For many families, the presence of guns in the home is considered pretty normal. According to the Pew Research Group, about one in three American households with children under the age of 18 say that they have a gun. And some parents who expose their kids to guns early say training in firearm safety keeps accidents from happening and may actually make kids more cautious around guns.
“All children should be taught firearm safety if they’re interested in firearms,” said Buck Buchanan, a master instructor at a shooting range in Livermore, California. “[Parents should] give them that opportunity, if they are interested, to present it in a safe environment.”
One of those parents, Sadiq Anthony, goes to the shooting range with his two daughters, Hazel, 11, and Mariam, 16. They are preparing for their first hunting trip together as a family. “I always say that safety comes first,” said Sadiq.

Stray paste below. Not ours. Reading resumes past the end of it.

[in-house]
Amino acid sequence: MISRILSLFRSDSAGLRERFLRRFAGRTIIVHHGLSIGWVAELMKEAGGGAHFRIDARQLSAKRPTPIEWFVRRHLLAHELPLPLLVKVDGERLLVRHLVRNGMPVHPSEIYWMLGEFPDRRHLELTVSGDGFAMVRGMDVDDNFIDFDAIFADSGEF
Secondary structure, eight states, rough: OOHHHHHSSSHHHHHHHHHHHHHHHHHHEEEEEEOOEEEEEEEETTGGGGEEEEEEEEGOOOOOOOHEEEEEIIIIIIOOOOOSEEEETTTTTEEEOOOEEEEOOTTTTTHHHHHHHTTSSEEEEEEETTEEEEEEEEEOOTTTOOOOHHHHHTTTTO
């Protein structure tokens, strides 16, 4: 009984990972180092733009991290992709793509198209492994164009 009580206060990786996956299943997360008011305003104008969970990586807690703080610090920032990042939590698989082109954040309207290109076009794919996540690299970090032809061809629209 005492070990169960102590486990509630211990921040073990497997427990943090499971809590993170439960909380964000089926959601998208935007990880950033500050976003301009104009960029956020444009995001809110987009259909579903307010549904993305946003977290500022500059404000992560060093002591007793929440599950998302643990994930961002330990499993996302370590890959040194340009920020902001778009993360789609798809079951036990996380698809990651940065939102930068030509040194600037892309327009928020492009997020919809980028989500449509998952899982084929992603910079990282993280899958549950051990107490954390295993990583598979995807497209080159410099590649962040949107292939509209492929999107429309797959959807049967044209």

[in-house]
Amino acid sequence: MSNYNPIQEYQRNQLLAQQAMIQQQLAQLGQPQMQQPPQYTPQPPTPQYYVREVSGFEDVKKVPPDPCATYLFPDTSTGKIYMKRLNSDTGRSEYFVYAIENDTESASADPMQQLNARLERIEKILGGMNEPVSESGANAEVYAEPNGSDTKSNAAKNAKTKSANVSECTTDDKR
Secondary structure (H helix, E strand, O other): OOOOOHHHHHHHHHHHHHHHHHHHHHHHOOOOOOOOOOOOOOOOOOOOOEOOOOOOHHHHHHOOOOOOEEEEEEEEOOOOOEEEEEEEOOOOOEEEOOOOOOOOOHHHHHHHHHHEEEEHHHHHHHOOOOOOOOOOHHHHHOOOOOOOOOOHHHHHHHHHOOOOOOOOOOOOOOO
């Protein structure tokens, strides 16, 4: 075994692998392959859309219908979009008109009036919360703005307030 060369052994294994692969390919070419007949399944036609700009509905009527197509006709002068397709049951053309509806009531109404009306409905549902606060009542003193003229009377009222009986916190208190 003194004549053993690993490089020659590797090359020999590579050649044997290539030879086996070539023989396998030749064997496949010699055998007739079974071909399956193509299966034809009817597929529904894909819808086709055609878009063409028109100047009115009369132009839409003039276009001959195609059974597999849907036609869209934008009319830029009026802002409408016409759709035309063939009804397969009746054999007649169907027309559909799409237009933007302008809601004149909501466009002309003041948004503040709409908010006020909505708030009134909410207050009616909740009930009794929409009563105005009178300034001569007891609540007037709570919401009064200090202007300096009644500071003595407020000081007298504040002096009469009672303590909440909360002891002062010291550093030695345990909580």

Mariam says that she likes target practice at the range. “When I hold a gun I feel kind of powerful,” said Mariam. “I think it’s okay for children to shoot guns if they’ve taken a safety course. I think there needs to be a certain level of maturity.”
But some studies tell a different side of the story -- that having access to a gun in general increases teens’ risk of suicide, for example. And while some researchers have found a lower suicide risk of harm for families who practice safe storage of their firearms, a recent report found that 41 percent of teens say they have easy access to guns being stored in their home.
How should we educate young people about the possibilities of gun violence without causing them to live in fear?
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Featured Resource:VIDEO: Lessons In Gun Safety: From Father to Daughters(Youth Radio)
Firearm ownership is more prevalent in the United States than in any other country. This video profiles one California father who hopes to continue his family's hunting legacy by teaching his two daughters about gun safety.
Other ResourcesVIDEO: Teens and Guns (Youth Radio)
Many young people have easy access to guns, but don’t necessarily know how to stay safe around them. In this video, teenagers in the Bay Area discuss their relationship with guns and how they try to stay safe when shootings occur.
AUDIO: Hunting In Peace (KQED)
In this perspective, Carrie Holmberg tells us a story of her father, his love of hunting, and how it brought them closer when she was a kid.
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